According to the 2006 Ires Nazionale survey, 20% of respondents report night work and 25.1% work on Sunday (table 23). Men working nights are almost twice as many as women, while manufacturing show significantly higher shares than both agriculture and services (28.9% with respect to 16.6%). Workers, high skilled and managers report higher share of night work: presumably, while the former work according regular or rotating shifts, these latter work a part of the night with the less unsocial hours, while clerks are the less affected (9.5%). Finally, neither age nor employment status significantly affect their share. On the other hand, one respondent over four report working on Sundays: men work on Sundays more often than women (respectively 26.8% and 22.4%) and non-permanent employees more than permanent ones (respectively 33.7% and 22.1%). Sunday work occurrence decline with age, although the share is almost stable when aged more than 35, while agriculture (36%) and services are sectors where its occurrence is higher. When investigating according to professional status, Sunday work affect 61.1% of trade workers, 40.9% of high skilled and 34.4% of managers, while teachers are the less affected (3.1%).

Table 23 Unsocial working times by several characteristics, employees 2006
% values
  Night work Work on Sundays
men 24.7% 26.8%
women 12.7% 22.4%
Aged 15-24 20.0% 30.1%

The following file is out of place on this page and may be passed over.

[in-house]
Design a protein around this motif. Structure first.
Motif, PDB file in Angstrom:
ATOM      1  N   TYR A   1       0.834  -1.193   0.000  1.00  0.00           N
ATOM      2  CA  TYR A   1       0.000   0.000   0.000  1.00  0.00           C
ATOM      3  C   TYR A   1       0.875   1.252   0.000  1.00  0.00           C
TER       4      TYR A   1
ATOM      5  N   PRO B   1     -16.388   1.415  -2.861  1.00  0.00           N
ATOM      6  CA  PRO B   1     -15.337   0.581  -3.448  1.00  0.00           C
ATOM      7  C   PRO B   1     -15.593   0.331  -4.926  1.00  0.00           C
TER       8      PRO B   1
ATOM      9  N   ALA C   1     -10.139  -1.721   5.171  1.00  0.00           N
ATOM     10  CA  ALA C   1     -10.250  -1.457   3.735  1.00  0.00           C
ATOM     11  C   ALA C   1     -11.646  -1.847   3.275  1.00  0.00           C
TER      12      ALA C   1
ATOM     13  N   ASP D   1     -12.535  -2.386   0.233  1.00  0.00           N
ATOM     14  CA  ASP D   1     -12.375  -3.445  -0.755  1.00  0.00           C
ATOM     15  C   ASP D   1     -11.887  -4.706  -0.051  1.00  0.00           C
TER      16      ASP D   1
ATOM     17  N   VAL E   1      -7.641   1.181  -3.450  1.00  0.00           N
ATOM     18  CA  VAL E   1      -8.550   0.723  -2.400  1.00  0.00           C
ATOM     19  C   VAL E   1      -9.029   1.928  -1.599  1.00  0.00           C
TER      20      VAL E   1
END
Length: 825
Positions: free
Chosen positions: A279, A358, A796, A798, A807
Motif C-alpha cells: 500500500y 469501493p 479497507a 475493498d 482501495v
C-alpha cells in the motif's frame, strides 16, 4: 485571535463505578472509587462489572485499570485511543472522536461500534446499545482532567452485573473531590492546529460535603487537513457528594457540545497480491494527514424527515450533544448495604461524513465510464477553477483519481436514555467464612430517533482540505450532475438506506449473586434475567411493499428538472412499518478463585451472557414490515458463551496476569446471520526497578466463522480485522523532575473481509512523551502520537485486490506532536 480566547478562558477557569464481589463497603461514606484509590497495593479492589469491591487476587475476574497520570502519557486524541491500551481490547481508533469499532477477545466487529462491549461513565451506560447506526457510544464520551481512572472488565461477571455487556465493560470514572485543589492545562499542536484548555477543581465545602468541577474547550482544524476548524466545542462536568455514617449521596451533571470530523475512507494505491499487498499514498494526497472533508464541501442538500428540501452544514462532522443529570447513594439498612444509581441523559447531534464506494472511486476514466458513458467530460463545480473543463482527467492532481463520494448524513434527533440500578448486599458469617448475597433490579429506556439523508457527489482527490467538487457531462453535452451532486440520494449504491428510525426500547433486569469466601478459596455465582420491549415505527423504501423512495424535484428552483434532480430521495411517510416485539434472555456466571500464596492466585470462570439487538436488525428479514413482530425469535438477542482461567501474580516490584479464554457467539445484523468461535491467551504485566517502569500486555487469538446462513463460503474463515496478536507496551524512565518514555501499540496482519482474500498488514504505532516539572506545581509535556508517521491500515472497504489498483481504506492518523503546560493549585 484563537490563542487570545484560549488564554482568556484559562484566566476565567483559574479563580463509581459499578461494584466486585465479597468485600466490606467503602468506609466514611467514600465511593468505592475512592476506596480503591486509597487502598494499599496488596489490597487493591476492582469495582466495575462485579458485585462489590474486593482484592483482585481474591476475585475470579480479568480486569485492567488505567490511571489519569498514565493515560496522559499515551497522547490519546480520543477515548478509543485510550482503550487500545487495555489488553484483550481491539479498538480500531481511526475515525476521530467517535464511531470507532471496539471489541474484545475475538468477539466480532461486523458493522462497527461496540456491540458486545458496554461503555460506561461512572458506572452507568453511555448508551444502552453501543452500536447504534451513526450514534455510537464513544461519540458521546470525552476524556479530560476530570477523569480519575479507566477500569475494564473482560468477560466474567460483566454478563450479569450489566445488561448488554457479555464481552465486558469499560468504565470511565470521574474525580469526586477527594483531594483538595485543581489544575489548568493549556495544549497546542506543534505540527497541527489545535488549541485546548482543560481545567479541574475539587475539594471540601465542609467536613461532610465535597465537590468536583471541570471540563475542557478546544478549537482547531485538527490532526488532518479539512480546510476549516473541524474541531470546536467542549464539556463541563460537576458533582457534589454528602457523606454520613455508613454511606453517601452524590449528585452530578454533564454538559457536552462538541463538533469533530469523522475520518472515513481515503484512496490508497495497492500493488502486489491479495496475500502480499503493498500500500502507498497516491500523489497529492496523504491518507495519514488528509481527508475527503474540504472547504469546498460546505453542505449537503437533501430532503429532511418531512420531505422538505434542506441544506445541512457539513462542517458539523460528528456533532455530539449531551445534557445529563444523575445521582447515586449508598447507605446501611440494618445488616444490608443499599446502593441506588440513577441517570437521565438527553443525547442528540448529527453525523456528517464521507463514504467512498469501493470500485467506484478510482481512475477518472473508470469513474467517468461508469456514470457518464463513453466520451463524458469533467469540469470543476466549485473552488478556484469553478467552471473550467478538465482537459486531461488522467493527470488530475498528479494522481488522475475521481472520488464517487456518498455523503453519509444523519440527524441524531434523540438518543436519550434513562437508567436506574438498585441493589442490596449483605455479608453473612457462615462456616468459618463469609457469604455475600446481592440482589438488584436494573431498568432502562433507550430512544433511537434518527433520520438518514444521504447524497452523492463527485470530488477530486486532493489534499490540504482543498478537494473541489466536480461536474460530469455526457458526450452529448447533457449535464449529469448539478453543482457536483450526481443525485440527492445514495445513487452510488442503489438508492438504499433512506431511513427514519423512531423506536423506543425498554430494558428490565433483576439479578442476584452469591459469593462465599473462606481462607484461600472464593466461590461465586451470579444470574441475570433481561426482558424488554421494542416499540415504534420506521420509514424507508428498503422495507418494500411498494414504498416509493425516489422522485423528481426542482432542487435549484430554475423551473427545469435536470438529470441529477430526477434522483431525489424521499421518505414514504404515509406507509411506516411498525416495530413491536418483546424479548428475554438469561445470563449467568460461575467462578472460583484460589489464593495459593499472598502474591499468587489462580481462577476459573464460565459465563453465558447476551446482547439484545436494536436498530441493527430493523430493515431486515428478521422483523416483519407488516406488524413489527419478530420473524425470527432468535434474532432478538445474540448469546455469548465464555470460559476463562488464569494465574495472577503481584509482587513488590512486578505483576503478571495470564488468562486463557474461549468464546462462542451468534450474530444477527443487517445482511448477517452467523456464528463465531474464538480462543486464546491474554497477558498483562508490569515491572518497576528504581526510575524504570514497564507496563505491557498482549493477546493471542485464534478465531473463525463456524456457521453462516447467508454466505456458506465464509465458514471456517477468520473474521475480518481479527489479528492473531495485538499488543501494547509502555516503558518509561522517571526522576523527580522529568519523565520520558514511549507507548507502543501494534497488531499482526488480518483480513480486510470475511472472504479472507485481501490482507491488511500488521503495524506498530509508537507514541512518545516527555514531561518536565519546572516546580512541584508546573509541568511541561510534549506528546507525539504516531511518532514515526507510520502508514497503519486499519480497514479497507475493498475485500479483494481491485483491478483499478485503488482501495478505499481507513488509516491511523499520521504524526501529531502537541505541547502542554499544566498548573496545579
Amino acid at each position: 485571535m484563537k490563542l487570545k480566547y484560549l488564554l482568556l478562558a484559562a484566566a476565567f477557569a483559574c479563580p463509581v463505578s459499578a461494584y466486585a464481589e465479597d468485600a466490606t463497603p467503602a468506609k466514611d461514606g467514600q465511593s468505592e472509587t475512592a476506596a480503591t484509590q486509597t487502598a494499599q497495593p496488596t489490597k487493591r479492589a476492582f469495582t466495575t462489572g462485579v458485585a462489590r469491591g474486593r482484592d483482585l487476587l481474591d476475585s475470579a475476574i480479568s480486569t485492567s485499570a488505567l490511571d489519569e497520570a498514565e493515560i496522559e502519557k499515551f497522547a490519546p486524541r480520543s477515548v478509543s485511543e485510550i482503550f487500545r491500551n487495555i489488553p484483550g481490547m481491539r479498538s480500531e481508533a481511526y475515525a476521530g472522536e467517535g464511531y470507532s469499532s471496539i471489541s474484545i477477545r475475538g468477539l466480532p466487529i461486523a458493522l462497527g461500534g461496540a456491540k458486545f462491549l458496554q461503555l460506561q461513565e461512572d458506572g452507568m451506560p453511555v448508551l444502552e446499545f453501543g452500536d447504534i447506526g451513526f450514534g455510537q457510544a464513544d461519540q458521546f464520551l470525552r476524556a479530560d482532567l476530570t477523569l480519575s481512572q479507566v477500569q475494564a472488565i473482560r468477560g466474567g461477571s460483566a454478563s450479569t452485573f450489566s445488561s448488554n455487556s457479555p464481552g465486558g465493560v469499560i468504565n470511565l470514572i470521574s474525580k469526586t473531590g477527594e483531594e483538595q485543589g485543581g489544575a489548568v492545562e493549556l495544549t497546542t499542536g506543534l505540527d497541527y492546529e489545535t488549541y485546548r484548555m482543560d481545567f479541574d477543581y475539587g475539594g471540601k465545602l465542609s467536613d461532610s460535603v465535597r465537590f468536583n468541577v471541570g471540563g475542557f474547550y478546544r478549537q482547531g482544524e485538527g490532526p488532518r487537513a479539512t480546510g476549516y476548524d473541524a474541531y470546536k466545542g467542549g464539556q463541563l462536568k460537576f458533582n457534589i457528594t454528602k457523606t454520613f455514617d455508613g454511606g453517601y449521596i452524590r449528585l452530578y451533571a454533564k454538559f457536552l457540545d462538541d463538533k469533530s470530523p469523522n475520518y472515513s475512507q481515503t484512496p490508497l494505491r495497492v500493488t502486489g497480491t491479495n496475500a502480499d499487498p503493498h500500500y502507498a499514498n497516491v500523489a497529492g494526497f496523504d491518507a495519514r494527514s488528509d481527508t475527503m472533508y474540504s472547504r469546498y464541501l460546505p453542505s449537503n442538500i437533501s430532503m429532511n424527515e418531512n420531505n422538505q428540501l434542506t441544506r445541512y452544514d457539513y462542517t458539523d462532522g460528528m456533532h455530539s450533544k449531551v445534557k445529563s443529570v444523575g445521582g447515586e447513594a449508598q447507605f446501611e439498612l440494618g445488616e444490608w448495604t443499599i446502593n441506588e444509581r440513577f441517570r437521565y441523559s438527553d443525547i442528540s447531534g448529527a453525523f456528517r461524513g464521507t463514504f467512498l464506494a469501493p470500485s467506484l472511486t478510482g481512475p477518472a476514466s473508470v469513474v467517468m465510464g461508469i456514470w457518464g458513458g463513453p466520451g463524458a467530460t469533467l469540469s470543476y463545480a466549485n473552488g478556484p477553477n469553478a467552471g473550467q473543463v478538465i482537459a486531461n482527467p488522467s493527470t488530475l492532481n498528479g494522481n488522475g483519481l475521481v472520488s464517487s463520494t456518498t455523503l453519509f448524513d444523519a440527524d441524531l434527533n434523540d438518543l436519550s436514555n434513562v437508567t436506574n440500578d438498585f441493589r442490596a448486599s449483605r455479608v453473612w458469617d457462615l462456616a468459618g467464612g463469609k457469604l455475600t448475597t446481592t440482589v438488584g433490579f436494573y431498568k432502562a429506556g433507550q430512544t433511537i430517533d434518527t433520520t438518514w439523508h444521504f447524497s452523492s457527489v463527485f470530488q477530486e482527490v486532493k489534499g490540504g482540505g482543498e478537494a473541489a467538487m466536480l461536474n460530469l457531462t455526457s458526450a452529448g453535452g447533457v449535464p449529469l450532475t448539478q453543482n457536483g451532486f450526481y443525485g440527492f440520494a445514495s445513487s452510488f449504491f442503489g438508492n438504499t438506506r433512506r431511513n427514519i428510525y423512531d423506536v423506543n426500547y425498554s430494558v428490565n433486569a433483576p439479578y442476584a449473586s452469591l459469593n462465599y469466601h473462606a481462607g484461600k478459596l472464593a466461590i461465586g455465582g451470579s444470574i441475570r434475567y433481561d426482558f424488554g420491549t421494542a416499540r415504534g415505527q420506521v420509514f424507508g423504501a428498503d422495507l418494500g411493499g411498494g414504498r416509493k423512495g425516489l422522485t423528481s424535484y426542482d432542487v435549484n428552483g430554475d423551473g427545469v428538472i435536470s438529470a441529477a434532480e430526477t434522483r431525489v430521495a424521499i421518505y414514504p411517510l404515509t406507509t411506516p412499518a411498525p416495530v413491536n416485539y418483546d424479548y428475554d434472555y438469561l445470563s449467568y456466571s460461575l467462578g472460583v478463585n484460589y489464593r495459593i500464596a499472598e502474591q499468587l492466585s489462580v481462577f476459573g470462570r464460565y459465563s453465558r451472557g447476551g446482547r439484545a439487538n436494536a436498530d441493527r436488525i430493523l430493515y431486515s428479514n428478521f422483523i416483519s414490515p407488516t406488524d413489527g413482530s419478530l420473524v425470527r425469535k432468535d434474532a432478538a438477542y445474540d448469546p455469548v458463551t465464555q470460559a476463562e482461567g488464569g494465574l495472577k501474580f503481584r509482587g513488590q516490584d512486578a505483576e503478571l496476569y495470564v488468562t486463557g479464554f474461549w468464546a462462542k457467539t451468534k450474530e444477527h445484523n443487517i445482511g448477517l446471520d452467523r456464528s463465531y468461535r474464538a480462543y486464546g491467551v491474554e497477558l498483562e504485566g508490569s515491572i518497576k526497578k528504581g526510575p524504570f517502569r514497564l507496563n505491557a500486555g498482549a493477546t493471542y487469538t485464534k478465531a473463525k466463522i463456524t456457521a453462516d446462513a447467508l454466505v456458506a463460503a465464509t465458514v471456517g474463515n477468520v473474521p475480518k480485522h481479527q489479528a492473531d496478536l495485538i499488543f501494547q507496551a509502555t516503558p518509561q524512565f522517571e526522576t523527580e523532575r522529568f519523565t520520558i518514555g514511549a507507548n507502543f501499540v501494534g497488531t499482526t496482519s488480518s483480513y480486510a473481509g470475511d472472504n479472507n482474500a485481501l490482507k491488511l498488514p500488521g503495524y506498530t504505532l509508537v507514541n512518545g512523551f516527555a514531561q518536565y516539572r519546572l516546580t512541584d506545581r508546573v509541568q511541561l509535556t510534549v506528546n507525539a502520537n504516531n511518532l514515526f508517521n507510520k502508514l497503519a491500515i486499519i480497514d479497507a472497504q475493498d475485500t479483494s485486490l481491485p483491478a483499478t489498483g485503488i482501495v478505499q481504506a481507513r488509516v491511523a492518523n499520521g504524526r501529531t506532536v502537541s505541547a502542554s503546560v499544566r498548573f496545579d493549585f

Aged 25-34 20.6% 27.9%
Aged 35-44 21.2% 22.8%
Aged 45-54 18.3% 23.4%
Aged 55-64 20.4% 23.9%
Agriculture 16.6% 36.0%
Manufacturing 26.9% 14.9%
services 16.6% 29.6%
Permanent employees 20.1% 22.1%
Nonpermanent employees 19.8% 33.7%
workers 28.5% 23.0%
Trade professions 15.0% 61.1%
High skilled 36.0% 40.9%
Teacher 1.8% 3.1%
Clerical tasks 9.5% 18.9%
managers 29.2% 34.4%
Total 20.0% 25.1%

Source: Ires Nazionale

Shift working

How important is regular shift working (as opposed to occasional shifts to cope with increased temporary demand) in your country?

Is shift-working predominantly carried out in specific sectors, and is there any tendency for it to decline (for example as a result of reducing capacity in traditional sectors) or to increase (as employers everywhere seek to make more intensive use of capital investments)?

What kinds of shift systems dominate – regular mornings, afternoon or nights or mixed patterns?

This point is investigated by no nation-wide survey carried out in Italy.